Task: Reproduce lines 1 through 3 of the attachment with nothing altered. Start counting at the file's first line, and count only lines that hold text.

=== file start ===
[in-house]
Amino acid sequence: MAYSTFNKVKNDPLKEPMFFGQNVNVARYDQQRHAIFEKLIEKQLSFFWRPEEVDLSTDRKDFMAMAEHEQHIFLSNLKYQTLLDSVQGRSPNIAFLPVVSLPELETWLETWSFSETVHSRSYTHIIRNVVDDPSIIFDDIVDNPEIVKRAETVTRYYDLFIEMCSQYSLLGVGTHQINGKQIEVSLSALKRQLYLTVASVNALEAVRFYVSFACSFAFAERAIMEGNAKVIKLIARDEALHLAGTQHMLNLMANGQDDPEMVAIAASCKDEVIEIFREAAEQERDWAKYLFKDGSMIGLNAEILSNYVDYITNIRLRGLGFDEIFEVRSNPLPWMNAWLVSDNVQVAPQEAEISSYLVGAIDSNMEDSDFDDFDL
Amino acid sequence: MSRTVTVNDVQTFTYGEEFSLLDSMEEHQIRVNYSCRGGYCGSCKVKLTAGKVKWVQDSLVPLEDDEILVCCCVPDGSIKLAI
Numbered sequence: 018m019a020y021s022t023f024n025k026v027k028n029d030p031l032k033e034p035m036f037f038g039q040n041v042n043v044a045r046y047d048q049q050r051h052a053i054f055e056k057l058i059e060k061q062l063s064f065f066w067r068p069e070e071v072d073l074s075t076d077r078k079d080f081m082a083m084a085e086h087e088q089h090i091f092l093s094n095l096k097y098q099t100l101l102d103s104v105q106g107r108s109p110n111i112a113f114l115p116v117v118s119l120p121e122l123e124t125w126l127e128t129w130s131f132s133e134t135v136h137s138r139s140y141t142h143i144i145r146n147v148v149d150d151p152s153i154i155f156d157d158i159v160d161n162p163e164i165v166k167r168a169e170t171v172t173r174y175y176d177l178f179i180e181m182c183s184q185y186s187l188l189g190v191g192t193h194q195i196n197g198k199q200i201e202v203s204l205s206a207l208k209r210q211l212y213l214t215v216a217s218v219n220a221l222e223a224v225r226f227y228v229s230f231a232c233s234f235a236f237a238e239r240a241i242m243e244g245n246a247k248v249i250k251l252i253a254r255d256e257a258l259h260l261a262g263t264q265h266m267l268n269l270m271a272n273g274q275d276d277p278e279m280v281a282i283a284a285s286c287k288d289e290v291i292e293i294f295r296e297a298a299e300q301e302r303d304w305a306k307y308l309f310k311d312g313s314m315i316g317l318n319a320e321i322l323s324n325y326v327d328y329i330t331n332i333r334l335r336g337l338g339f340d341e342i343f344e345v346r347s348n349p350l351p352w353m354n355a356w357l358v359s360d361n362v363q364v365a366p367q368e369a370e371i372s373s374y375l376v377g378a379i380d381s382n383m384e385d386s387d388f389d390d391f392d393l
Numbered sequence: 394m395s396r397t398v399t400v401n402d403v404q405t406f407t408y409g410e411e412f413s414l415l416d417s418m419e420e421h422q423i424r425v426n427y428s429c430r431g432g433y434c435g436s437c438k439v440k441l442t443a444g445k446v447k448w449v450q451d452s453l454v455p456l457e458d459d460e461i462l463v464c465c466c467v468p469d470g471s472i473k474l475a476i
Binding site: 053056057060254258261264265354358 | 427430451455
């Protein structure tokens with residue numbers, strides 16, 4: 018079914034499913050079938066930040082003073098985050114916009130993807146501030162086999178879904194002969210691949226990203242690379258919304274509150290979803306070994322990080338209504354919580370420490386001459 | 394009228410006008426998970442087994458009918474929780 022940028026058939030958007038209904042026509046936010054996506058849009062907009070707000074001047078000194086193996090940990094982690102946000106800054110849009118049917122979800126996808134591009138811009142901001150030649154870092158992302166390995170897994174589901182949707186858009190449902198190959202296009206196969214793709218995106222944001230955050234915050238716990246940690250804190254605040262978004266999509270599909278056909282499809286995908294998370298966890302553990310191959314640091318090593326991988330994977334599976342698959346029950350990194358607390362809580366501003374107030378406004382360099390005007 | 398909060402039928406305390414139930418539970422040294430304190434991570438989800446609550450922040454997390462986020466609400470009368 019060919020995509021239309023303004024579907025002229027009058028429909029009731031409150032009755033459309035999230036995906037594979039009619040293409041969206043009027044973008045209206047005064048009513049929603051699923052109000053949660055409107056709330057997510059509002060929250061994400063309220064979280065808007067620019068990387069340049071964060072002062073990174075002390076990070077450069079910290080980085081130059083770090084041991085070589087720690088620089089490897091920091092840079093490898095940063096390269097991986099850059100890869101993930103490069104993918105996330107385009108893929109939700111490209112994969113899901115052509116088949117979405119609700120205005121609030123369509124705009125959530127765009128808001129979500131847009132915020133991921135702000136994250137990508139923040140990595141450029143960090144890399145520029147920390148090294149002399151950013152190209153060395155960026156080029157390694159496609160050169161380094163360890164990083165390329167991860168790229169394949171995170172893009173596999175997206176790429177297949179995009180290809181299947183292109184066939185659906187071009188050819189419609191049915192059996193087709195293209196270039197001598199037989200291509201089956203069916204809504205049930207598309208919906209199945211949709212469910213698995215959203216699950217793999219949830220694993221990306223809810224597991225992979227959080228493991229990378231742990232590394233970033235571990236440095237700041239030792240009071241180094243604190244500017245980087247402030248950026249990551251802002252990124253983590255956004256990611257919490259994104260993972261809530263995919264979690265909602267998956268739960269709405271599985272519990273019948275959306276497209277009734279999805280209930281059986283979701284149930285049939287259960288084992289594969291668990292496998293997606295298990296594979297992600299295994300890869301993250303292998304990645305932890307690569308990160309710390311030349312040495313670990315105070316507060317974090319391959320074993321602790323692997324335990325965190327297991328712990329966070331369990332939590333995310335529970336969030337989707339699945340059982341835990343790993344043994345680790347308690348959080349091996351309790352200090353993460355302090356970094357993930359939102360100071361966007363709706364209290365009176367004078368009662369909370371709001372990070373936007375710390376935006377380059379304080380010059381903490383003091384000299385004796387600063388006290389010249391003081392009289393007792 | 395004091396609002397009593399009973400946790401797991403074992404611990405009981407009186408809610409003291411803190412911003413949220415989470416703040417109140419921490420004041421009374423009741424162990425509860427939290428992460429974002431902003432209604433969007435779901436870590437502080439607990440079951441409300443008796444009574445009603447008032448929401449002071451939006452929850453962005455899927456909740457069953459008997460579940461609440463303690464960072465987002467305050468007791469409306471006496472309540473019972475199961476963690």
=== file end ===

[in-house]
Amino acid sequence: MAYSTFNKVKNDPLKEPMFFGQNVNVARYDQQRHAIFEKLIEKQLSFFWRPEEVDLSTDRKDFMAMAEHEQHIFLSNLKYQTLLDSVQGRSPNIAFLPVVSLPELETWLETWSFSETVHSRSYTHIIRNVVDDPSIIFDDIVDNPEIVKRAETVTRYYDLFIEMCSQYSLLGVGTHQINGKQIEVSLSALKRQLYLTVASVNALEAVRFYVSFACSFAFAERAIMEGNAKVIKLIARDEALHLAGTQHMLNLMANGQDDPEMVAIAASCKDEVIEIFREAAEQERDWAKYLFKDGSMIGLNAEILSNYVDYITNIRLRGLGFDEIFEVRSNPLPWMNAWLVSDNVQVAPQEAEISSYLVGAIDSNMEDSDFDDFDL
Amino acid sequence: MSRTVTVNDVQTFTYGEEFSLLDSMEEHQIRVNYSCRGGYCGSCKVKLTAGKVKWVQDSLVPLEDDEILVCCCVPDGSIKLAI